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Social Media: quality always tops quantity

Emmet McNally has strategically grown his organisation’s appeal to the point where 100,000+ people have given him the thumbs-up. An impressive feat in a socially crowded world.  So I asked Emmet what’s worked best for him in building awareness and support for the work his organisation do.

In recent years I have had the privilege to speak at a number of different events on Social Media. Typically the area of greatest interest has always been Facebook. The same question always pops up during the Q&A part – “I don’t have a budget for Facebook, how do I get to 100,000 fans?” To be fair, there is not one answer to this question for every industry but I will try to give you an answer that should set you on the right path.

I am not going to give you the same old spiel about engaging emotionally with your users, posting content at different times or using images with your posts. They are all good points but it’s something that I am sure you have already heard 100 times before. If you have had this question about getting more fans on your mind, then now is a good time to have a think about what your organisations objectives are for Facebook. Having 10,000 people go into your store every day is good but unless they buy something then it’s all been a waste of time. In a similar way, if you are investing a lot of time and energy into developing your Facebook presence then you need to focus on your organisations objectives:dDo you want to increase sales, build brand awareness or perhaps recruit volunteers? 

Figuring out what you want to get from Facebook is the first step towards achieving it. Once you figure that out then next you need to have a think about who cares. Imagine you had a spot on the podium right after Obama’s speech on his visit to Ireland. Tens of thousands of people from every walk of life have been “engaged” and now you have your chance to strike with your message. What are you going to say? Wouldn’t it be great if you were as skilled at speaking as Obama is or Steve Jobs was?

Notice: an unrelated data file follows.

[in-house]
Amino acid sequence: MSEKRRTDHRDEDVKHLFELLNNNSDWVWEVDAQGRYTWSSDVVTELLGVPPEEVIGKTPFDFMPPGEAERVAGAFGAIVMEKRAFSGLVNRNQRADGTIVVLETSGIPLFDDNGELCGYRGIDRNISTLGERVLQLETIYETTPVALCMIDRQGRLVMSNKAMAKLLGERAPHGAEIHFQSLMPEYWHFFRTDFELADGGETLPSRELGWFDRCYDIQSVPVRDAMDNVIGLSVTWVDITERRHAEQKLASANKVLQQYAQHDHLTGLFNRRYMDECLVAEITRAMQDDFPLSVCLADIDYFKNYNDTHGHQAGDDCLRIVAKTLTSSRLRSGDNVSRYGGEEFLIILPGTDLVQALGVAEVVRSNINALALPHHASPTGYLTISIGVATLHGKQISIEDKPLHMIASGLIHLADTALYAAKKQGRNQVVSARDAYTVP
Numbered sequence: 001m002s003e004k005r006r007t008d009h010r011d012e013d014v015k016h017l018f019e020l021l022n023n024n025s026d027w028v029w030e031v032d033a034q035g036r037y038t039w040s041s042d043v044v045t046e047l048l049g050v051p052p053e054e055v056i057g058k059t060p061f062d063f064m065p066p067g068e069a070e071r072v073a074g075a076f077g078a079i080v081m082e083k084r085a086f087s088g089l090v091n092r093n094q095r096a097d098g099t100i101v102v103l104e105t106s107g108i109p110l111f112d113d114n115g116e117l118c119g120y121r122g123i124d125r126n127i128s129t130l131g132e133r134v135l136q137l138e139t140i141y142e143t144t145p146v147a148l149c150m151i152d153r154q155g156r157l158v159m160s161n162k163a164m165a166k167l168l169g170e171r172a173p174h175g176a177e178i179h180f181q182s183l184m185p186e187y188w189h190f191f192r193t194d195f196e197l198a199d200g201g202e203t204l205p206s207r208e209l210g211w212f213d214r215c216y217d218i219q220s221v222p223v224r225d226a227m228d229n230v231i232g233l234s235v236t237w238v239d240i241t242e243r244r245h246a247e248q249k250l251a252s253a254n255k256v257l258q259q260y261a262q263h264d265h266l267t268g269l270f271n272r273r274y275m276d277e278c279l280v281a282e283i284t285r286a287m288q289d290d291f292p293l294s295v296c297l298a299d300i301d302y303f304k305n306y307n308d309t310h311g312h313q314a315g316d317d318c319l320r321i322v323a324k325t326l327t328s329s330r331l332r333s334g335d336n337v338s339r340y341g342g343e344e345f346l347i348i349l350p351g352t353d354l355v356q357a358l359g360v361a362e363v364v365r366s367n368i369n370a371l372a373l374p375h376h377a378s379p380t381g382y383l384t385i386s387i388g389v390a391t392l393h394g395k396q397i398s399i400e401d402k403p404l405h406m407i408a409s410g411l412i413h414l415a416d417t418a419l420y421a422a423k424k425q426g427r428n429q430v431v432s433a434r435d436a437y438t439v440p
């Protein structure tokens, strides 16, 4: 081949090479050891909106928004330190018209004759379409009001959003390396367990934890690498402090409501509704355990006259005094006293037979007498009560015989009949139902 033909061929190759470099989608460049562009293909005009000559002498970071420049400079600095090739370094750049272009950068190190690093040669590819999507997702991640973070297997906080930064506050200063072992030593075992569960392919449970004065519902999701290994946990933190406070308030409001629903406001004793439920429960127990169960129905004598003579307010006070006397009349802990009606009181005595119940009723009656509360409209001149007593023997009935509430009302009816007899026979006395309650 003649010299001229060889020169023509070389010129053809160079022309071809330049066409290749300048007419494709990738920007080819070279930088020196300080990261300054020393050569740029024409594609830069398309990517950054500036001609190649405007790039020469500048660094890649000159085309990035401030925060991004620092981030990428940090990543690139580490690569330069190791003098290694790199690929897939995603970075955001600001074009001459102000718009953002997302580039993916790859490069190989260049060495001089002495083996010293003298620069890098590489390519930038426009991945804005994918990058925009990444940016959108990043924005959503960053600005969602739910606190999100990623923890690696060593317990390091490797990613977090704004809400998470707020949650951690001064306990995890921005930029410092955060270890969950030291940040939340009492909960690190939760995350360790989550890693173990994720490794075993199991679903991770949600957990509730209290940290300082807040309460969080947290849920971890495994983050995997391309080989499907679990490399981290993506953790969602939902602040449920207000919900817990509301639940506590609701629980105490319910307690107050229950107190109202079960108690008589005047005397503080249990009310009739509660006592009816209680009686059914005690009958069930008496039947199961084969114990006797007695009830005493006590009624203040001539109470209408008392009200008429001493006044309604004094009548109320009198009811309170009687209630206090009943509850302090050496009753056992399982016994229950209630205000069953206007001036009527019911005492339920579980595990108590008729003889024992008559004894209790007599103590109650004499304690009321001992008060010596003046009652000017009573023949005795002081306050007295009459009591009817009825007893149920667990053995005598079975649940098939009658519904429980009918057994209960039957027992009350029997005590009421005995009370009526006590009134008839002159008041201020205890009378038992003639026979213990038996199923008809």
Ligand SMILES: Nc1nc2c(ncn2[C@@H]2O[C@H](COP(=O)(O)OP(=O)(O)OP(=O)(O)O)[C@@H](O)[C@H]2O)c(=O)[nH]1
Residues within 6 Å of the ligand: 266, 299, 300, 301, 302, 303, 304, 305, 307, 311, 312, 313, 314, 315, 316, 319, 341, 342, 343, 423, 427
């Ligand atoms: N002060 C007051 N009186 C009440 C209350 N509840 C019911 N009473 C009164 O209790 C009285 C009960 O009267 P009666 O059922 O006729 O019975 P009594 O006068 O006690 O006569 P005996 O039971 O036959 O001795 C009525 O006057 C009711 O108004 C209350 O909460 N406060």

Steve Jobs followed three golden rules. Explain the problem. Tell people why they should care. Then tell people your solution. It’s a tough one but once you figure out what you want to achieve then you need to work on how you can get people to care about it. Once you’re at this stage then it becomes apparent that investing tens of thousands into getting random people to like your page is a waste of time because it becomes extremely difficult to target all these people with a message that gets them all to care about your organisations specific goals on Facebook.

The best way to start off is with the group of people you know will care about what you want to achieve. These are the people who already like your product/service and are happy to hear from you. They will also form the core of your audience. They are the people who will influence their circle of friends to care too. It may be 10 people or it could be hundreds. Do what it takes to attract them to your page. Be it advertising, offering discounts or even just straight out asking people you talk to.

Once you have done this then the next step is to produce content that you know they will care about. The key is making this content easy to share with their network. Draft up some content and then ask – Why will they care? Would I share this with my friends? Does it jump out on the page as something my friends will want to read?

“Content does not have to always be about your industry or sector. Would you talk to your friends about the same thing every day? If you do then it might be worth thinking about how many friends you actually have?”

— Emmett McNally

Keep it varied and keep it interesting enough that it makes you say – “actually I would say this to my friends/family”.  Once you are at this stage then your page likes will begin to grow steadily. If you don’t do this and just push out any old content, keeping the number of likes up with advertising then you will soon notice that the number of unlikes your page receives will outpace your advertising efforts. You will be fighting a losing battle.

Once you notice a steady growth rate in fans then you can begin your sales pitch to take your fans a step further and generate a greater ROI. Post content like this once a fortnight at the start and watch closely how it impacts your fan growth rate. By doing this you will know how often you can post this sort of content. It takes time but by starting out with a strong foundation you can then begin to build upwards.

External links & references

  1. Facebook for business
  2. Emmet McNally @ LinkedIn
  3. Social media for charities @ The Guardian
  4. Down To Business : Social Media for SMEs : Redcert.com

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Andy O'Donoghue talks about technology, some say, too much.

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